It is 2013 and my grant work begins!
This week I set to work reading historic contexts and organizing site-specific research. I need to read about the history of farming and farm buildings before the field work starts in order to better understand the farmsteads I will be looking at: why they look the way they do and what they mean.
I started my agricultural readings, not with New Jersey material, but with the "Pennsylvania Agricultural History Project" found at http://www.portal.state.pa.us/portal/server.pt/community/agricultural_history_project/2579. I knew that this effort to develop the agricultural contexts tied with with the architectural aspects of farming had been in the works for some time, so I checked in to the Pennsylvania SHPO website again and was really "wowed." There I found "narrative histories describing the evolution of different farming
systems around the state, historic census data, a field guide to
historic farm buildings and landscapes, and bibliographic resources.
Developed to support the evaluation of farming resources for eligibility
to the National Register of Historic Places, the project provides the
data and guidance needed for state and federal agencies, scholars,
teachers, and the public." The principal investigator and project coordinator is Sally McMurry, Professor
of History at Penn State University, also a longtime member of the Vernacular Architecture Forum.
My thinking is that southwestern New Jersey's agricultural history may have settlement and market patterns and even built resources similar to southeastern Pennsylvania's, since they are both part of the Delaware Valley. In any event, it is turning out that the guidance provided for evaluating resources will really help me with my farm study here in Salem County!
What Sally McMurry has done for Pennsylvania has not been done in New Jersey. There is no state context of ag history written through the lens of agricultural buildings.
Another work I am reading for the same reason is Rebecca Sheppard's recent dissertation “Making the farm pay: Persistence and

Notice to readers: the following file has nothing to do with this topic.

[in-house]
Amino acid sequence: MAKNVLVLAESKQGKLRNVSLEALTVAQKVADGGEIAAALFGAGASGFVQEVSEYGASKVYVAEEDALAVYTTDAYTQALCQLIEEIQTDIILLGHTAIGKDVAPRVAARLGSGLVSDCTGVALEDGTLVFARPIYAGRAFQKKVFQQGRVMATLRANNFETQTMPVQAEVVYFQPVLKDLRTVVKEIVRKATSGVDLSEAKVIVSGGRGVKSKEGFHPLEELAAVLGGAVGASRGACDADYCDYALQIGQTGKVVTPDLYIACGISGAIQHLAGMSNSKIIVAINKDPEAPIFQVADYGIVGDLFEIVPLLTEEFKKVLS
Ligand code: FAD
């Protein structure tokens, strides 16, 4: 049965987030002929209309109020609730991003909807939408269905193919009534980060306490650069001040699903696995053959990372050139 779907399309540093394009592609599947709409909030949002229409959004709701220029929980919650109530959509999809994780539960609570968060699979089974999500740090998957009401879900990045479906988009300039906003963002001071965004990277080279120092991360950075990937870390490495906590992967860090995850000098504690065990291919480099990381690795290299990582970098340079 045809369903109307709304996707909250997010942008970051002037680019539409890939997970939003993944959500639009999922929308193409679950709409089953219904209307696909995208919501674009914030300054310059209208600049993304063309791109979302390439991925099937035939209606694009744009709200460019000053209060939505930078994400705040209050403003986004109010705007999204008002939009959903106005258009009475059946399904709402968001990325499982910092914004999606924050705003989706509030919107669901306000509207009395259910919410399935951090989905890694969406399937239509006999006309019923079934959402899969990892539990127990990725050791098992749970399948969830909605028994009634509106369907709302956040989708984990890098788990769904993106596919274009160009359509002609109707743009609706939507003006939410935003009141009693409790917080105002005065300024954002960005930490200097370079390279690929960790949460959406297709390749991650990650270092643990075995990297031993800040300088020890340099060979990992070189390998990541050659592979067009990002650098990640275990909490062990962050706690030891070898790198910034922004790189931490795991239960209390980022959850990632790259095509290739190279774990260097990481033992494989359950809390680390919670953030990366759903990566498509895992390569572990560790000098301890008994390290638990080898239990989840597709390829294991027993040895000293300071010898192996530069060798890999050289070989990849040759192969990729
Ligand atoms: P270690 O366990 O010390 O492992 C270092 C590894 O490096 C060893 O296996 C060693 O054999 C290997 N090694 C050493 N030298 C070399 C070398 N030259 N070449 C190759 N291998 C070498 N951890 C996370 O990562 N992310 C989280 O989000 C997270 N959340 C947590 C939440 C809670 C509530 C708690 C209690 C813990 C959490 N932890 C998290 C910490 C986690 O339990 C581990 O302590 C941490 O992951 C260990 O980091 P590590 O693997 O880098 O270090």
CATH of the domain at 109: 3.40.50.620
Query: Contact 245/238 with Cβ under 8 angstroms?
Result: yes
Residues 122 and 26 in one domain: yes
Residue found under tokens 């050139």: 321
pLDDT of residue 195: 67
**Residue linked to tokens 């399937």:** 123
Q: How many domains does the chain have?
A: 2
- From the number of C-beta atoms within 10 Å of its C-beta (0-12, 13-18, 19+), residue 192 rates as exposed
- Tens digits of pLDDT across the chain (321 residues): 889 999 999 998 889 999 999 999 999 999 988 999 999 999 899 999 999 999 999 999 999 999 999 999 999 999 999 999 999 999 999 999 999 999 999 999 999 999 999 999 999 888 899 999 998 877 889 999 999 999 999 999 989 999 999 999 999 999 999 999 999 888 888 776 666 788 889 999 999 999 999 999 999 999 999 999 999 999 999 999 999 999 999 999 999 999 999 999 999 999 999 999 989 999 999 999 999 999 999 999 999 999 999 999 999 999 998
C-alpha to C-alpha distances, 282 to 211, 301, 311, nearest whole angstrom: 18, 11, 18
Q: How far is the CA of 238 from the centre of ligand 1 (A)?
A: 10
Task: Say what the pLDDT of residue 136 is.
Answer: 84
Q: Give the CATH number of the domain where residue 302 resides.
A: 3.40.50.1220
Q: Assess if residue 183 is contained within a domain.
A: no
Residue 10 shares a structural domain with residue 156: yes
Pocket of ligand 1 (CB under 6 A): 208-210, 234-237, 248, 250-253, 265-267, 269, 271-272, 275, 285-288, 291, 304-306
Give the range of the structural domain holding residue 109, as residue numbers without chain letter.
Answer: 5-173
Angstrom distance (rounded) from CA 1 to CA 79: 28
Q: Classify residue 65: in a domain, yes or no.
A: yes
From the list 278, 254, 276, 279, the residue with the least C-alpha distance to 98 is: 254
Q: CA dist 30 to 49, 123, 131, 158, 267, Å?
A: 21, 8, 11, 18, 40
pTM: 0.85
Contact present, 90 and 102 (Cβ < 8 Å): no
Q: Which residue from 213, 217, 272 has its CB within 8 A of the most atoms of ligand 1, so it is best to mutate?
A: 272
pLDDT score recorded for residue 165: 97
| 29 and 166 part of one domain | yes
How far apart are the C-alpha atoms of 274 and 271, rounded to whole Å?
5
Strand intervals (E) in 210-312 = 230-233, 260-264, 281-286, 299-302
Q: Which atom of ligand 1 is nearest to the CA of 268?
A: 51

adaptation in the evolution of Delaware’s
agricultural landscape, 1780-2005.” It
rested in part upon the evidence of the over 450 farms recorded or surveyed there
by the Center for Historic Architecture and Design since 1985. Becky Sheppard, also a long-time VAFer, will be helping me document the Salem County farms for my grant project, so her insight from Delaware will be greatly helpful in shaping my understanding of the buildings we will be recording.
Closer to home, I am reading Land Use in New Jersey: A Historical Geography by two eminent scholars of early New Jersey: geographer Peter O. Wacker and historian Paul G. E. Clemens, both of Rutgers University. The book, a late Christmas gift from my brother, just arrived in the mail this week. How timely! Using sources like farm diaries, account books, and tax records, the authors looked for "what notions shaped the agricultural lives of farm families" and explored the interplay of market relationships and community life from settlement to 1820.
Histories of New Jersey agriculture by Carl Raymond Woodward (The Development of
Agriculture in New Jersey, 1640-1880 a Monographic Study in Agricultural
History) and Hubert G. Schmidt (Agriculture in New Jersey: a
Three-hundred-year History) will require a trip to the library in the coming weeks. For that I will trek to Morris Library at my alma mater, the University of Delaware.